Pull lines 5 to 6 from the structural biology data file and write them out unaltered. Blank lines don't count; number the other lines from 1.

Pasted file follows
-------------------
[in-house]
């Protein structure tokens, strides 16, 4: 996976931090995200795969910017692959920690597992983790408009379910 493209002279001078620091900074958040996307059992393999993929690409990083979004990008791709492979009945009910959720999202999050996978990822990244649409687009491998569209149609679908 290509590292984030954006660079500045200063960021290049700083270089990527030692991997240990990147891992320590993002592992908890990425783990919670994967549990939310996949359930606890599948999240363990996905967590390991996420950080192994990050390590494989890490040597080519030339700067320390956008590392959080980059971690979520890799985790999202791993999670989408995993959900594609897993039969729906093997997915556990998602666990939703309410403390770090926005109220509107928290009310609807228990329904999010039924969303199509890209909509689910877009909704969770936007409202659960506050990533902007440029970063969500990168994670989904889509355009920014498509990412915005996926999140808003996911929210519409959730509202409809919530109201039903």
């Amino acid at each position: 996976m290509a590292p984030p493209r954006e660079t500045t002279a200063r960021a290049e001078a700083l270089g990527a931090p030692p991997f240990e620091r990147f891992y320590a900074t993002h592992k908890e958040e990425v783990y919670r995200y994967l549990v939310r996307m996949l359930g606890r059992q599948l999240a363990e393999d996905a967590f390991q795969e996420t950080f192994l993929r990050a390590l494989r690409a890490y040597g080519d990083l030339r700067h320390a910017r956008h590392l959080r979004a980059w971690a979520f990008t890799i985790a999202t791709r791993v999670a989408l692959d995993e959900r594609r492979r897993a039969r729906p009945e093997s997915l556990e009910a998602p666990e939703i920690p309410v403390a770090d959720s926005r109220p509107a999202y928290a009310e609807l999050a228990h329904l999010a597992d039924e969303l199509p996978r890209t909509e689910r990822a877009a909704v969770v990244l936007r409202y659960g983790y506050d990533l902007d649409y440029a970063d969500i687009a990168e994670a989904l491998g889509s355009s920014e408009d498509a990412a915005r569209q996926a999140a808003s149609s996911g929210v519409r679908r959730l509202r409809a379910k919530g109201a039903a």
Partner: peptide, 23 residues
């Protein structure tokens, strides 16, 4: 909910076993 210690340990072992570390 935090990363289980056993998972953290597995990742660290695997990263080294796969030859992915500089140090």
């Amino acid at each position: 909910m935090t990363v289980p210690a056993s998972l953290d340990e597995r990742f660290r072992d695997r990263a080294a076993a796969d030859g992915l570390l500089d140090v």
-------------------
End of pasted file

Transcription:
């Protein structure tokens, strides 16, 4: 909910076993 210690340990072992570390 935090990363289980056993998972953290597995990742660290695997990263080294796969030859992915500089140090």
């Amino acid at each position: 909910m935090t990363v289980p210690a056993s998972l953290d340990e597995r990742f660290r072992d695997r990263a080294a076993a796969d030859g992915l570390l500089d140090v």